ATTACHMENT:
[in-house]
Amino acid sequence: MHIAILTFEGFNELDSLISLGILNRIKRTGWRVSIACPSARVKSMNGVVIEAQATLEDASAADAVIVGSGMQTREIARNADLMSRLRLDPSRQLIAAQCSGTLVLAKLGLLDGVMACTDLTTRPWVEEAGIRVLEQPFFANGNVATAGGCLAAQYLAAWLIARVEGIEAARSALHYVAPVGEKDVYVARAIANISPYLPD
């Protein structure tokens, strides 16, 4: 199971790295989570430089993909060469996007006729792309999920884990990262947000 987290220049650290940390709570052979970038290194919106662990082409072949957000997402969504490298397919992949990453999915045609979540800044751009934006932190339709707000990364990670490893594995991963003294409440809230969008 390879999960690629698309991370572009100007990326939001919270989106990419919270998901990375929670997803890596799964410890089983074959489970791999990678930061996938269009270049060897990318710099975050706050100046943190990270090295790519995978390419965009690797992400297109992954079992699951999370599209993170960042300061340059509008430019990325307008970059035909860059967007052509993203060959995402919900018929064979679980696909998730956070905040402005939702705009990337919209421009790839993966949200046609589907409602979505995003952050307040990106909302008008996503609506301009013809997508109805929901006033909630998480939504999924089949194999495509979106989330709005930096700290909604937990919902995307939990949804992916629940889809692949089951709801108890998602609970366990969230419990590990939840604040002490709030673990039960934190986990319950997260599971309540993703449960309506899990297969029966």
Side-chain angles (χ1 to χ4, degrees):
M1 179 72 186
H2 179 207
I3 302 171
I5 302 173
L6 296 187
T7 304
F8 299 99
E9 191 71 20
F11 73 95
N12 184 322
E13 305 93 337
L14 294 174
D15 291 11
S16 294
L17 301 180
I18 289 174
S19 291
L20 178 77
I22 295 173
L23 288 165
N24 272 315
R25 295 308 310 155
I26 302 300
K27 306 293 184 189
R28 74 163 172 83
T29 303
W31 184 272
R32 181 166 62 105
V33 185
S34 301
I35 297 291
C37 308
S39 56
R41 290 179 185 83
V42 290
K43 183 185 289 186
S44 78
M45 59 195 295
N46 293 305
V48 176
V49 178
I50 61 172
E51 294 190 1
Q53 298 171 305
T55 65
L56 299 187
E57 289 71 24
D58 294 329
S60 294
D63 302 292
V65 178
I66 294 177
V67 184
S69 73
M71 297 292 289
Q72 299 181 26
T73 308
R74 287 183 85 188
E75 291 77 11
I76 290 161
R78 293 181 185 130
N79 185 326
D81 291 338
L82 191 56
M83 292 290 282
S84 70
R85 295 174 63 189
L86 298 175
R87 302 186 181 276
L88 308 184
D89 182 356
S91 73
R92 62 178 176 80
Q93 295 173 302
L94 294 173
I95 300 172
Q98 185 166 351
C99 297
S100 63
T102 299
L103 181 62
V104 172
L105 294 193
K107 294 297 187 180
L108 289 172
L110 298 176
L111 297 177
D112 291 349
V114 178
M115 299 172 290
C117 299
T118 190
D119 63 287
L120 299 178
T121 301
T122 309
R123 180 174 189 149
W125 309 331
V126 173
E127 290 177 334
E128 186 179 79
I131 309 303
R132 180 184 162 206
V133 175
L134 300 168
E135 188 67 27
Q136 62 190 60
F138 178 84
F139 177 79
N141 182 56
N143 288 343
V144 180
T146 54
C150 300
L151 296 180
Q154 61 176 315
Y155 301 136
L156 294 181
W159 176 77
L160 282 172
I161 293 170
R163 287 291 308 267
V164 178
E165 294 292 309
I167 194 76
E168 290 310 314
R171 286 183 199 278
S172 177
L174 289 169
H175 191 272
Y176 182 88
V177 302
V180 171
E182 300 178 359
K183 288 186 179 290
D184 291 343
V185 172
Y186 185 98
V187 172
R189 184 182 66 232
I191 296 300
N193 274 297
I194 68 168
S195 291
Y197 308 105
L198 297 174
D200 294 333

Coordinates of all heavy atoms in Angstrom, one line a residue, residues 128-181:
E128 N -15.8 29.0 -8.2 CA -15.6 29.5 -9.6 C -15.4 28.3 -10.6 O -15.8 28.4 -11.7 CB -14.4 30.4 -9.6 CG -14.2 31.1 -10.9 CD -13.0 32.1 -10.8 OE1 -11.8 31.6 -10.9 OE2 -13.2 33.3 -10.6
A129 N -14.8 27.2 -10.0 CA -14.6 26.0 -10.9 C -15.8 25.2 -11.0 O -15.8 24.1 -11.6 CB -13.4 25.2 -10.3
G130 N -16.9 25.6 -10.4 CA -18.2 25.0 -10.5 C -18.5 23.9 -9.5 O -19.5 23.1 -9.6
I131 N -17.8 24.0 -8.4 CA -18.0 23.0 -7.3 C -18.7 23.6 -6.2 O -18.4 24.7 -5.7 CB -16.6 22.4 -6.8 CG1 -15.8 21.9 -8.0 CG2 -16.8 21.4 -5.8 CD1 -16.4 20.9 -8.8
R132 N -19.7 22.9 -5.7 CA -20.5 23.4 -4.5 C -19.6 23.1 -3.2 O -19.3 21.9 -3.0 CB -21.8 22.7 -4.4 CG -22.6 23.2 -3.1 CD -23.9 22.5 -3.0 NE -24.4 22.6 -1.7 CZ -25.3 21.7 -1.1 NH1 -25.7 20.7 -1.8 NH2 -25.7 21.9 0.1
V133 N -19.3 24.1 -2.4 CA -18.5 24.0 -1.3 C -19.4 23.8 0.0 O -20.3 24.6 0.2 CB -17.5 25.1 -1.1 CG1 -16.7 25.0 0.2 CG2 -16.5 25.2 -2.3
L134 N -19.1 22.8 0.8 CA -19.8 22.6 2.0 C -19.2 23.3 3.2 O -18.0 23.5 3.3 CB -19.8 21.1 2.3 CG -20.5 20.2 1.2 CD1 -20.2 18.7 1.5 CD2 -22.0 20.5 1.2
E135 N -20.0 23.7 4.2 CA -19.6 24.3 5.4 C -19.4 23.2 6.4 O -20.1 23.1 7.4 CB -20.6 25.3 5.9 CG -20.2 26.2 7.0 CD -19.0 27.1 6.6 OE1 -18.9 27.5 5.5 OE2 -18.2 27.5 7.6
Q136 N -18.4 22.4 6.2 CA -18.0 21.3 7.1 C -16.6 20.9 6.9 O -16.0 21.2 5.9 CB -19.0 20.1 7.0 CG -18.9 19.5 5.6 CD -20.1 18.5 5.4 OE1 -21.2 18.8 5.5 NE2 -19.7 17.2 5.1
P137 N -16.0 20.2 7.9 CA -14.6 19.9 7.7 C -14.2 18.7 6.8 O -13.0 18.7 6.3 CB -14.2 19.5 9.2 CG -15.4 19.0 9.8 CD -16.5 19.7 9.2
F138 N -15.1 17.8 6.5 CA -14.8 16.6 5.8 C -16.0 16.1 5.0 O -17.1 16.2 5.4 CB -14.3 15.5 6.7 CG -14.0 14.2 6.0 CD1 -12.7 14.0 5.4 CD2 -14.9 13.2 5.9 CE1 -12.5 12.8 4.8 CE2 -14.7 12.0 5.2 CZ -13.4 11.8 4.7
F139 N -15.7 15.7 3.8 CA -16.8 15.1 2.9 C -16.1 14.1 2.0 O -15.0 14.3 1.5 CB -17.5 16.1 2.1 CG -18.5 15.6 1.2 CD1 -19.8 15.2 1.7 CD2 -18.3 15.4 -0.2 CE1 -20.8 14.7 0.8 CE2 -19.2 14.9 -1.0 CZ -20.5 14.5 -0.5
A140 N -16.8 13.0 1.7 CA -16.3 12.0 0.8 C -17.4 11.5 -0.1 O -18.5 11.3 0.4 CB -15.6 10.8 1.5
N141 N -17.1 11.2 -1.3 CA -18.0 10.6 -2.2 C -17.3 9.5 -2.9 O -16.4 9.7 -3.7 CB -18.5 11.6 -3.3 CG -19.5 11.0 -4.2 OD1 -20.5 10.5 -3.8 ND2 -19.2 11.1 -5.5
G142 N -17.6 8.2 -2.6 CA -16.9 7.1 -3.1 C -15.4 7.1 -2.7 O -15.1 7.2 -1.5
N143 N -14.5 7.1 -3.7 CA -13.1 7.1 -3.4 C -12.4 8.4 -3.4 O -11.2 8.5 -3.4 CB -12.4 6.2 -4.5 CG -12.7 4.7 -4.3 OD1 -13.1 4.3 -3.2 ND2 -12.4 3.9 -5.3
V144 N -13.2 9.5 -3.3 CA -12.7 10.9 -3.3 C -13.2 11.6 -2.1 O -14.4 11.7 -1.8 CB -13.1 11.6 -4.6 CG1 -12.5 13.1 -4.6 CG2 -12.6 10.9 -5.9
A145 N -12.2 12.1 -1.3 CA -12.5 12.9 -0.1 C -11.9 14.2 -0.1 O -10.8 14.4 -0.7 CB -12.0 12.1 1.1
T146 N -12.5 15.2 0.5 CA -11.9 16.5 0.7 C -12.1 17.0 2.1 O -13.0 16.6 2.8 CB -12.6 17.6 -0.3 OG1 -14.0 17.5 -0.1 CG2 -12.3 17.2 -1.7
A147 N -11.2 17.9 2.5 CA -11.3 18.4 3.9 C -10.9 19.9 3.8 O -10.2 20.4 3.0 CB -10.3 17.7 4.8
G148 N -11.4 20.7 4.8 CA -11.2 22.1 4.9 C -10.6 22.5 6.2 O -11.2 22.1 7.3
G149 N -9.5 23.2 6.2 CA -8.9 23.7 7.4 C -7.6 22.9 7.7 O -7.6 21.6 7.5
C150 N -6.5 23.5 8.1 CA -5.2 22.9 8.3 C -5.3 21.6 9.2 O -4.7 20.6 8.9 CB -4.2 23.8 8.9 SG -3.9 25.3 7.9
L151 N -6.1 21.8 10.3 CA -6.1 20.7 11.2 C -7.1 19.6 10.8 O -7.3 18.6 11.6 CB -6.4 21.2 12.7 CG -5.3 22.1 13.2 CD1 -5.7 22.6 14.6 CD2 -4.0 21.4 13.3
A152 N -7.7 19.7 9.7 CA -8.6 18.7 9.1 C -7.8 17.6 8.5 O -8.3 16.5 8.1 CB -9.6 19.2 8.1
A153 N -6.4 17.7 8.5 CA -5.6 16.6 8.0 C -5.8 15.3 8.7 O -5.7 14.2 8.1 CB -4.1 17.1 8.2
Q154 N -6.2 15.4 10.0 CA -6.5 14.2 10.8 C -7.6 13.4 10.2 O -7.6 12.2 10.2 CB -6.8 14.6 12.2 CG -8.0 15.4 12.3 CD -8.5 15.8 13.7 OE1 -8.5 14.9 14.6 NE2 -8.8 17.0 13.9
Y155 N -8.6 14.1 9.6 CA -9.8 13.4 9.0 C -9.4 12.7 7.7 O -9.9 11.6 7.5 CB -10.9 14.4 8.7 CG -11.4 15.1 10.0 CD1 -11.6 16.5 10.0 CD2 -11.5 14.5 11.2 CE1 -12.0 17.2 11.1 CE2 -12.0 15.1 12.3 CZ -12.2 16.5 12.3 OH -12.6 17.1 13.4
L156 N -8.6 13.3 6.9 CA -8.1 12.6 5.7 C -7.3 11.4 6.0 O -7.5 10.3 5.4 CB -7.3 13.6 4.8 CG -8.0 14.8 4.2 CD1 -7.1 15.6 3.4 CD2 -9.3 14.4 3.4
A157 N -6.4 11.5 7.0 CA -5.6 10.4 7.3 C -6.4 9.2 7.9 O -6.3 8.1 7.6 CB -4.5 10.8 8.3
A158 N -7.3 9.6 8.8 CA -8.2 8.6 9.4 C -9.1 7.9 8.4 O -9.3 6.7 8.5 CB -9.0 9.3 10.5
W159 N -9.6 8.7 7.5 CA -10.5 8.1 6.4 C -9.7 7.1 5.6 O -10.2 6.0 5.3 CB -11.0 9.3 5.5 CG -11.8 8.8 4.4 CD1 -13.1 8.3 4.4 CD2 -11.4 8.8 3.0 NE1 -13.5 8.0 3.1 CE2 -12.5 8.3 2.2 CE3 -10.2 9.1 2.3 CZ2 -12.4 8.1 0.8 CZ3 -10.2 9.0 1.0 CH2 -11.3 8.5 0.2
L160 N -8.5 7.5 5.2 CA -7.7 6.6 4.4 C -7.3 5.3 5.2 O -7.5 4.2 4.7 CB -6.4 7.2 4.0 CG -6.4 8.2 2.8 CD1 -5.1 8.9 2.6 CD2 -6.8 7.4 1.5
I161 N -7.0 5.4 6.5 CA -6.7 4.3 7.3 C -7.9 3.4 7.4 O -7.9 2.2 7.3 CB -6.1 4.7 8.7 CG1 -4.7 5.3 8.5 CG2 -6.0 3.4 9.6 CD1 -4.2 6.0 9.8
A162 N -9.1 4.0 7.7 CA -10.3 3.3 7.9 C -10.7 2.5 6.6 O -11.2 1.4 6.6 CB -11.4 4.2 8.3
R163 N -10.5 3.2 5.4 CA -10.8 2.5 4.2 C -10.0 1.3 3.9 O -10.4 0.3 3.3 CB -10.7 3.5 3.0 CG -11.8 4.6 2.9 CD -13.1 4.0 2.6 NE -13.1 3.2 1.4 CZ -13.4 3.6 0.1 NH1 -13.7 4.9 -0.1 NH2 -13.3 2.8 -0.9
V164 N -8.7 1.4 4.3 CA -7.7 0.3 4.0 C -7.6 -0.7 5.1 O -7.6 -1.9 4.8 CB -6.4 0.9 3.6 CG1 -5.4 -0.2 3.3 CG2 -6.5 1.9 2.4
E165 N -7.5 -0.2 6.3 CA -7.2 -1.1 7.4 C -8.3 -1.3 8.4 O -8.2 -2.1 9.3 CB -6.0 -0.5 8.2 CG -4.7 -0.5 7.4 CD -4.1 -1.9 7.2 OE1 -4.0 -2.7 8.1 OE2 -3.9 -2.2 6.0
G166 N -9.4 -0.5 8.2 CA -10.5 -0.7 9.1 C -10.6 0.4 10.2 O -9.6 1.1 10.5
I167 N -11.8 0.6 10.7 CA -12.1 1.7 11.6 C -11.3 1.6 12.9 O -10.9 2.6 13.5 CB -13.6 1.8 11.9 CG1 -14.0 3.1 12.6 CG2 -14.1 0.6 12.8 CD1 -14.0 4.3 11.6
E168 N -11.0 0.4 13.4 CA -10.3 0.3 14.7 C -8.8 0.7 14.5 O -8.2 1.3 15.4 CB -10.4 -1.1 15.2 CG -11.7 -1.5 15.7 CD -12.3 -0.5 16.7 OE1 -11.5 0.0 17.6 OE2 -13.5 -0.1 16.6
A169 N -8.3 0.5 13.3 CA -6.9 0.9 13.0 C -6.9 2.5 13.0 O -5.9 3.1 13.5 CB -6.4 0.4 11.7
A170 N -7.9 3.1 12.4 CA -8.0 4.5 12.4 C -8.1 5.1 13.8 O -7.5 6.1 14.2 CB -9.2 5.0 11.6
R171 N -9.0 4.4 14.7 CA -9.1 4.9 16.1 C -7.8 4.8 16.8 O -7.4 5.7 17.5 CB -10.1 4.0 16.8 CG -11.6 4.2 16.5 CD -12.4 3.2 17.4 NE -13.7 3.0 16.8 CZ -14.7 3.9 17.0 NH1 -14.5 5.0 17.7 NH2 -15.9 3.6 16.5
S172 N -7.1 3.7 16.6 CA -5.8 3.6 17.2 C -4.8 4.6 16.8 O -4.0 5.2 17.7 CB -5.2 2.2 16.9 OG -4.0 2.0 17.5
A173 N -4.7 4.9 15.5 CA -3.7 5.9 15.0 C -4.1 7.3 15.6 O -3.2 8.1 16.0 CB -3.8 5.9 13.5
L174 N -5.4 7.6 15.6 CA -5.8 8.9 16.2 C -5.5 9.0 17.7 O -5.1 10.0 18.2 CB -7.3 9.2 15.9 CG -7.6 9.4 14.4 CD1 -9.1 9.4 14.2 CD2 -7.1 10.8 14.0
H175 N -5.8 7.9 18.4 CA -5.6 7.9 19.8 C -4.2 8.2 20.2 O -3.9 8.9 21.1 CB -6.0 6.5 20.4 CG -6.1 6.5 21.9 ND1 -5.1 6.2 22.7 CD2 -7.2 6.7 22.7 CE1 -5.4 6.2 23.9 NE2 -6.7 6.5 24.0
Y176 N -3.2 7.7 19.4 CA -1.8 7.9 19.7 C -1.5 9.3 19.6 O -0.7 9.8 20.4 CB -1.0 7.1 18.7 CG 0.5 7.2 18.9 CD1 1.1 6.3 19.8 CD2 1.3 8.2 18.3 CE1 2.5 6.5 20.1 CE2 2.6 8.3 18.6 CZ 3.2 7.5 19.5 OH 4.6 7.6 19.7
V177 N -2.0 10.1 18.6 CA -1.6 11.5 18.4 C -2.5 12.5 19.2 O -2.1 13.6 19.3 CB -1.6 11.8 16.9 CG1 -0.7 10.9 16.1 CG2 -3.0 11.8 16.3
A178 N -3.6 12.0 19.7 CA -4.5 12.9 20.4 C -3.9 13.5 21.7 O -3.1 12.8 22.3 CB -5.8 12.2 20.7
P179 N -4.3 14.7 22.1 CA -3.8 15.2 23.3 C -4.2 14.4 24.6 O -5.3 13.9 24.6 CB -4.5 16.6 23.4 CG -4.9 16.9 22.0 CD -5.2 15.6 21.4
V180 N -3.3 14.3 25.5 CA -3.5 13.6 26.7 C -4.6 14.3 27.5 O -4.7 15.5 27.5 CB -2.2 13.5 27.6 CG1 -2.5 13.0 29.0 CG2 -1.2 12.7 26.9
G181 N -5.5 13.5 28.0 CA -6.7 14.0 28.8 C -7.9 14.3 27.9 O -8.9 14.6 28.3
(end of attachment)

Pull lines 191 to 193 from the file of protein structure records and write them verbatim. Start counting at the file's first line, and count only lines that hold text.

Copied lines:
G166 N -9.4 -0.5 8.2 CA -10.5 -0.7 9.1 C -10.6 0.4 10.2 O -9.6 1.1 10.5
I167 N -11.8 0.6 10.7 CA -12.1 1.7 11.6 C -11.3 1.6 12.9 O -10.9 2.6 13.5 CB -13.6 1.8 11.9 CG1 -14.0 3.1 12.6 CG2 -14.1 0.6 12.8 CD1 -14.0 4.3 11.6
E168 N -11.0 0.4 13.4 CA -10.3 0.3 14.7 C -8.8 0.7 14.5 O -8.2 1.3 15.4 CB -10.4 -1.1 15.2 CG -11.7 -1.5 15.7 CD -12.3 -0.5 16.7 OE1 -11.5 0.0 17.6 OE2 -13.5 -0.1 16.6